Maui Makers: Made on Maui

3D-printed prosthetics
Buck Joiner’s 3D-printed prosthetics turn kids with physical challenges into supercool cyborgs.

Beyond having fun, island makers are also making a difference. Member Buck Joiner took advantage of the group’s 3D printer to build prosthetic arms, hands, and fingers for local children, using an open-source design. The lightweight plastic prosthetics can be made to flex and grip objects with simple movements of the wrist and elbow, customized to the child’s size and favorite colors—and reprinted when the child outgrows them or wears them out with rough play. “They break it, and we can make a new one,” Joiner says.

Maui Makers also offers regular classes and events on topics like 3D printing and electronics, as well as “Menehune Makers” classes for kids. Ulibarri says many people find the group because they’re interested in working on a specific project or idea. “You may come in with the skills already and know how to use the equipment, or you may need some training,” she says. Membership costs $60 per month ($80/month for a family membership), and there’s a $10 day rate for people who want to drop by to try a class or use the workshop.

tv heads costume
Michael Haynes turned a couple of old TV consoles into Halloween costumes for himself and wife Katherine, then used the programming language Arduino to create a hand-controlled messaging system for the LED readout.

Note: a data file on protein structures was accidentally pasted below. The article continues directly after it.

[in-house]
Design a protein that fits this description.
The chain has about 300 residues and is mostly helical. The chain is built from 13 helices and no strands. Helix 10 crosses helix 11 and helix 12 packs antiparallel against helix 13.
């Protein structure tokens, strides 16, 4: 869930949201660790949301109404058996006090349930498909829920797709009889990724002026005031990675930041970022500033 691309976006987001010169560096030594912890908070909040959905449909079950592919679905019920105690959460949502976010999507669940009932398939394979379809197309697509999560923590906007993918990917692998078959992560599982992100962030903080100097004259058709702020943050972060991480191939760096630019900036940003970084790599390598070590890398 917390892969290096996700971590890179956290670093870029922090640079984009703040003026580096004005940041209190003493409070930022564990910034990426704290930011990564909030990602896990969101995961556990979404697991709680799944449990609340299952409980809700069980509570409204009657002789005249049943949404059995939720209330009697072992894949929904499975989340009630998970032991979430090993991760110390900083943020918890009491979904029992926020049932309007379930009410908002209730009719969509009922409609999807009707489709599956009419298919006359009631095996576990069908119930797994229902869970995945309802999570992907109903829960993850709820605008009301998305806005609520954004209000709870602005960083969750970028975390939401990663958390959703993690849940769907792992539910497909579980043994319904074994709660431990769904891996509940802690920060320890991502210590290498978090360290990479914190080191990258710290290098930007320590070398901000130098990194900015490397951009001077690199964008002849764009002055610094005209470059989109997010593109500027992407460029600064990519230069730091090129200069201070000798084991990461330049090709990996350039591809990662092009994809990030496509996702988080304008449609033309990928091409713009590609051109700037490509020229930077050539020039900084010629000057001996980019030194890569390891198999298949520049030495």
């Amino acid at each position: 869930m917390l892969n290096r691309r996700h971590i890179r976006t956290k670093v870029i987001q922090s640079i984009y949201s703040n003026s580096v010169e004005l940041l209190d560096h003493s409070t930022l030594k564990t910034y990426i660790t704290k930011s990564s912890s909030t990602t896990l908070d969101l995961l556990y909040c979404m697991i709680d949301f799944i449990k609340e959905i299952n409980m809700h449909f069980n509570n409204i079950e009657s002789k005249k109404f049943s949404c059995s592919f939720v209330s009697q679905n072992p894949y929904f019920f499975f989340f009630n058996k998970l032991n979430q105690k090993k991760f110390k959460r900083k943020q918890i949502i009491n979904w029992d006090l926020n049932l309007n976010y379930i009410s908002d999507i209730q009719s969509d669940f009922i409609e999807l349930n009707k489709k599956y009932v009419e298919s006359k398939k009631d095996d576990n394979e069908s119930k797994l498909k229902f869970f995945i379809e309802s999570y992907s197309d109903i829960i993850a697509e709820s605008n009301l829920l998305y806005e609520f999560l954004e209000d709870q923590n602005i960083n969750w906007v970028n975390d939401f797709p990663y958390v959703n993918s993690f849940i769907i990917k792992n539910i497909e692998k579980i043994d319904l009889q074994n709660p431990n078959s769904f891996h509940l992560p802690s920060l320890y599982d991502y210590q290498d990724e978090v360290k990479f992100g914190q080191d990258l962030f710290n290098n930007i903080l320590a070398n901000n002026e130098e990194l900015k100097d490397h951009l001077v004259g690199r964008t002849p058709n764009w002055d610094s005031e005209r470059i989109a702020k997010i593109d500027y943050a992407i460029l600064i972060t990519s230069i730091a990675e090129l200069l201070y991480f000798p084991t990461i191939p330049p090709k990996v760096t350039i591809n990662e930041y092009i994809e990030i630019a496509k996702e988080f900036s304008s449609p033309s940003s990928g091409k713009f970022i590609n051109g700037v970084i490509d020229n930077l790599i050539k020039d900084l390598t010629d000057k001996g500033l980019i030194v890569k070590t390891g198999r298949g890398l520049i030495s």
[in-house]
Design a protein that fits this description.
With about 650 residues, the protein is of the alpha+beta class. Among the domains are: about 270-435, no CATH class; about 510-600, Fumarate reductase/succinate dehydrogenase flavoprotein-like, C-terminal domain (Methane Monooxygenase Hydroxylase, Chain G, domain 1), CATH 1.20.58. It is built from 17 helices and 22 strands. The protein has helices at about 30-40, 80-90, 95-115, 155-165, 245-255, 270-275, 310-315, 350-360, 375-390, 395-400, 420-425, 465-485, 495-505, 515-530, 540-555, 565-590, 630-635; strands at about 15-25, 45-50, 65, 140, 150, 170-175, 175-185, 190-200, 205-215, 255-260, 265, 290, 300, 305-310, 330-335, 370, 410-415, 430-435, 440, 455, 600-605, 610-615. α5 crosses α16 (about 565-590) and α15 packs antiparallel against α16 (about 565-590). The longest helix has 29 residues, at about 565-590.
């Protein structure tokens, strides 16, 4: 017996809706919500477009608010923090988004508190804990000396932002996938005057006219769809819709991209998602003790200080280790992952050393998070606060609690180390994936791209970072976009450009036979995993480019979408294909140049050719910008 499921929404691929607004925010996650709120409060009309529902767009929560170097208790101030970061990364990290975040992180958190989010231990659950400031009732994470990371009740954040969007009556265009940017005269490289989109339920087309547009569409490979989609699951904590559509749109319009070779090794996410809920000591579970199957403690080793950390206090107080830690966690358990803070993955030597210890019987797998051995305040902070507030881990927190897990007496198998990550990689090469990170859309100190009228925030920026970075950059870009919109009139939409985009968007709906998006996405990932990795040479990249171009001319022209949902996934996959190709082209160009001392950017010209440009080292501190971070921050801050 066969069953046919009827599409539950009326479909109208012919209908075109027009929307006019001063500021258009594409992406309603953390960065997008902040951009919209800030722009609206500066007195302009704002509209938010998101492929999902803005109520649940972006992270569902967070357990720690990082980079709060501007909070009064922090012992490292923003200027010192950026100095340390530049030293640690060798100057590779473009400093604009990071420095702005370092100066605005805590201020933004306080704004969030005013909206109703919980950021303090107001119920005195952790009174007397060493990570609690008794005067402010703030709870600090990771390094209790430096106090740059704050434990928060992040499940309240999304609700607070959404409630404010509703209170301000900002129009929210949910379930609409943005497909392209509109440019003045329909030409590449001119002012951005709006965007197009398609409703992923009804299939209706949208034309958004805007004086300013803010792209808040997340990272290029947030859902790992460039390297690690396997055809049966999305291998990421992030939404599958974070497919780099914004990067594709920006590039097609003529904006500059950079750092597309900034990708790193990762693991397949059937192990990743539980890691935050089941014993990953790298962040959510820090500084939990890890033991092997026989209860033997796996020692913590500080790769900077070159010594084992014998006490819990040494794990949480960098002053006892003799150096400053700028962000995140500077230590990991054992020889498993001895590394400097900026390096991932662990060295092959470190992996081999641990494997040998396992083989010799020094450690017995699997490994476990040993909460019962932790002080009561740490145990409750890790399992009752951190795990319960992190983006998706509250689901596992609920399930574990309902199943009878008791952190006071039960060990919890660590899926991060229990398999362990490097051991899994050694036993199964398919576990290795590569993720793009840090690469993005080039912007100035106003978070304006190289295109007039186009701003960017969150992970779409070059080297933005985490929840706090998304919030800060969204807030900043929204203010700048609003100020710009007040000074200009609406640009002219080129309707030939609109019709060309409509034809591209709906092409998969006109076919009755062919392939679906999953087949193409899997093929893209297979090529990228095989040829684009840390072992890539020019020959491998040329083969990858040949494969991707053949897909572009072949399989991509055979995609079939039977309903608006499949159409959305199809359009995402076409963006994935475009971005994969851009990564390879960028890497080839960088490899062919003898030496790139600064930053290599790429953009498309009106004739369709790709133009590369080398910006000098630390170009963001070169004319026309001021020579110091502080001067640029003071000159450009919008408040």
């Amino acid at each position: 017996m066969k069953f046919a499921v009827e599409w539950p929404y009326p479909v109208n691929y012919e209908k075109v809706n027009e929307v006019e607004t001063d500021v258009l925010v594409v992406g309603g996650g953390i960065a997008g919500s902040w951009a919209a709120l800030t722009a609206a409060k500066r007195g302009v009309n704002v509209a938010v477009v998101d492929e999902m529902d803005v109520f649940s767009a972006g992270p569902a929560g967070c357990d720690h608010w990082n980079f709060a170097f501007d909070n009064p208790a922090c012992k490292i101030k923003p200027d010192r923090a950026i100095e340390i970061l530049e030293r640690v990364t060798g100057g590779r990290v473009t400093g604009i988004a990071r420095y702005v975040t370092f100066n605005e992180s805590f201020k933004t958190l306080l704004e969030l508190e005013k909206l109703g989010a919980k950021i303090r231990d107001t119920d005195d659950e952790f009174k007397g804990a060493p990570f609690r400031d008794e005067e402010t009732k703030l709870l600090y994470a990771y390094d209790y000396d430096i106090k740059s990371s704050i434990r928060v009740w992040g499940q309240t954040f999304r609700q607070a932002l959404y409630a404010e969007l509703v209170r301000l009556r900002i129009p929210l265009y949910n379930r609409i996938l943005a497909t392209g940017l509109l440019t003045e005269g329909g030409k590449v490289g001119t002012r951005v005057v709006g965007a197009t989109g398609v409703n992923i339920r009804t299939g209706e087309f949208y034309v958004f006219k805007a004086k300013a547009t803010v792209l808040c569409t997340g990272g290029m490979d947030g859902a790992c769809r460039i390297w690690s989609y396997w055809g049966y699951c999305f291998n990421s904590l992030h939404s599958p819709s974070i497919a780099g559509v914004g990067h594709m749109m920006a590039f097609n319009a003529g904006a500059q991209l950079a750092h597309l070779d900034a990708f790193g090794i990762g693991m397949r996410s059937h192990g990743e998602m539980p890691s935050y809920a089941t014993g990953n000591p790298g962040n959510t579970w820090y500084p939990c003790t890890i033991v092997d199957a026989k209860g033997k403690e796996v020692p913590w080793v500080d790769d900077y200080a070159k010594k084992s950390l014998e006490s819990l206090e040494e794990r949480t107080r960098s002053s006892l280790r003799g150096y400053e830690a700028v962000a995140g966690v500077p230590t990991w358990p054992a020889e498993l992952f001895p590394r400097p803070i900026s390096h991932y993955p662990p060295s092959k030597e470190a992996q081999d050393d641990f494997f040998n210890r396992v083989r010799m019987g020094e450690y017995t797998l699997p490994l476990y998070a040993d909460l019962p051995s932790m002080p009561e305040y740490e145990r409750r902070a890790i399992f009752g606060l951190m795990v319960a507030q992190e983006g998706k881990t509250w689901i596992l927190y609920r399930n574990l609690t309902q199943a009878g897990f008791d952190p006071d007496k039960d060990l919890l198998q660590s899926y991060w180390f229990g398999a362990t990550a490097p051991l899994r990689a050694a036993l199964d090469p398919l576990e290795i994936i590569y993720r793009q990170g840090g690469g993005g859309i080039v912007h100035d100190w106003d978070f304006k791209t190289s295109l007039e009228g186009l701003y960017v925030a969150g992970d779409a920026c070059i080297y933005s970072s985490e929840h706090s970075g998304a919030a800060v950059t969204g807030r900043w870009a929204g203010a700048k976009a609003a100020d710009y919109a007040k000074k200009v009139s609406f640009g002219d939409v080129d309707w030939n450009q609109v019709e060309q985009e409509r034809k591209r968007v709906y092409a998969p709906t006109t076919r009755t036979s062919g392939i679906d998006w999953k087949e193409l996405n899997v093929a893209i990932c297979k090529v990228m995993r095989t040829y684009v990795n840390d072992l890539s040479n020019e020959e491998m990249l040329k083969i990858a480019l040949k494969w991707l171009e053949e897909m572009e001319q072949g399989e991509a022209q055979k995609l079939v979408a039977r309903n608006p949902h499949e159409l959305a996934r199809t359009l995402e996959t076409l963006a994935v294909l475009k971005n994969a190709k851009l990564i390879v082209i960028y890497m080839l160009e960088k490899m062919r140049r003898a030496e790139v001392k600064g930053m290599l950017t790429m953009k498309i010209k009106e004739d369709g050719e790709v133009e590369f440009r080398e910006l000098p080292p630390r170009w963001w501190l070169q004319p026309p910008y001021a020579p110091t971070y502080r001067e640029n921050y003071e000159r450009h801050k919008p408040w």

Back in the electronics center, the rhythmic clang of a hammer striking an anvil rings out from the other side of the workshop, as Wallace and Menningen huddle over her project. Menningen spent forty-one years working in consumer product design and testing before moving to Maui three years ago. Before making the transition, he found Maui Makers, and ended up bringing a container load of tools and machinery to donate to the group, including saws, welders, hand tools, and a tractor that now resides in the group’s parking lot. “It felt like a good place to be,” he says. “I have a lot of knowledge, and I like to pass that on.”

When he began working with Wallace, one of the first things he taught her was how to make a circuit board. She’s now creating a more sophisticated one with help from a computer design program. As she turns over that first attempt in her hands, running her fingers over the components, she looks over her work with pride. “I like coming here,” she says. “It’s a learning type of fun.”

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